Two themes - growing wisely and increasing productivity - emerged as the biggest challenges for CRE professionals developing long-range strategic programs.

Balancing Growth and Productivity
The financial crisis challenged CRE teams to resolve the competing pressures of growth and improvement with asset productivity. With cost savings in mind, CRE teams initiated short-term, tactical real estate plays to cull direct cost savings from real estate portfolios. This changed the form, function, and value-add of CRE's relationship with company leadership. CRE teams must now deliver a platform that allows for business growth opportunities in markets that lack transparency, and parallel with portfolio right-sizing initiatives in mature markets.

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Most companies anticipate the return of growth, but in select global locales. They will aggressively pursue growth in emerging markets, concentrated in arenas that frequently lack operational maturity and transparency. The emerging market dynamic is reflected in The pursuit of new revenue opportunities in the BRIC nations (Brazil, Russia, India, and China) reveals this emerging market dynamic, which is important considering the absence of strong economic growth forecasts within mature global sub-regions.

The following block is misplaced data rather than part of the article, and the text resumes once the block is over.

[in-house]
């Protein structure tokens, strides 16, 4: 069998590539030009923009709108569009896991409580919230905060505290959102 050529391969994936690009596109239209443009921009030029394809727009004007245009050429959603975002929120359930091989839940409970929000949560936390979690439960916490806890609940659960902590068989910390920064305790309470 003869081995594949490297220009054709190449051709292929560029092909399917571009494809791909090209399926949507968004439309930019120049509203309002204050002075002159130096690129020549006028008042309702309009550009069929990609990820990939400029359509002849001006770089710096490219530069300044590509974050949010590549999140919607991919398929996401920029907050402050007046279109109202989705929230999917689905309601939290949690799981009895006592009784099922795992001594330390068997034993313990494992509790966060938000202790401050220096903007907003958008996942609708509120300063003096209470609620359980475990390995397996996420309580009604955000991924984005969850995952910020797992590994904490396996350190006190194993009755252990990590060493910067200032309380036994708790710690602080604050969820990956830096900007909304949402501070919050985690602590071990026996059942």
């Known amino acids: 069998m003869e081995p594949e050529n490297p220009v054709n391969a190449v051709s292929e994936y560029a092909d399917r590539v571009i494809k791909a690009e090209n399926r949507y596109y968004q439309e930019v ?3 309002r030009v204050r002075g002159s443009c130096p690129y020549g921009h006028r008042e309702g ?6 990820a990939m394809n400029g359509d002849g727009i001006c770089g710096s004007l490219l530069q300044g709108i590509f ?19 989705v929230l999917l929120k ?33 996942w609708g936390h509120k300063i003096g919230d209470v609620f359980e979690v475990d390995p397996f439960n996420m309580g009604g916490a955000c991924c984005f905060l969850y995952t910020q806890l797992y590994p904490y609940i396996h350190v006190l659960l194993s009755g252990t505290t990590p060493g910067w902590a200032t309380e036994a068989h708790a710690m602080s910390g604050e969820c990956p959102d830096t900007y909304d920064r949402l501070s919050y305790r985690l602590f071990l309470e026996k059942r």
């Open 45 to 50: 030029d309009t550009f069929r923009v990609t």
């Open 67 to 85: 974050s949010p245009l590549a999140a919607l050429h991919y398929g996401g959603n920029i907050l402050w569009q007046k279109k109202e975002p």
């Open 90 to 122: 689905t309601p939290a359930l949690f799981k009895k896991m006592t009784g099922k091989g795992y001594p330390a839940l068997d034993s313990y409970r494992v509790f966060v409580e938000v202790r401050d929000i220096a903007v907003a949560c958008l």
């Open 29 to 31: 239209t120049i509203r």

The survey shows the most significant growth in the Asia-Pacific region, particularly the North Asian countries of China, Japan, and Korea. Each country will see a more than 50 percent increase in net portfolio size over the next three years. Emerging markets in Central and Eastern Europe and the Middle East should also experience strong portfolio growth. In the Americas, Latin and South American growth reflects the emerging market dynamic.

The relative immaturity of these markets and lesser transparency will challenge corporate occupiers. Compare Figures 2 and 3 of Jones Lang LaSalle's Real Estate Transparency Survey, which illustrates global market transparency. Markets in which respondents are pursuing growth are also markets with low transparency. Speed to market is predictably slower in opaque markets, barriers to entry are higher, and routes to market exit are complex and costly.

The need to deliver a platform for growth in idiosyncratic real estate markets will pressure CRE teams in the medium-term. The pursuit of growth in these markets will expose the organization to opaque real estate markets. The CRE team will be required to inform the business of the practicalities of expanding in an emerging market and how to mitigate risk.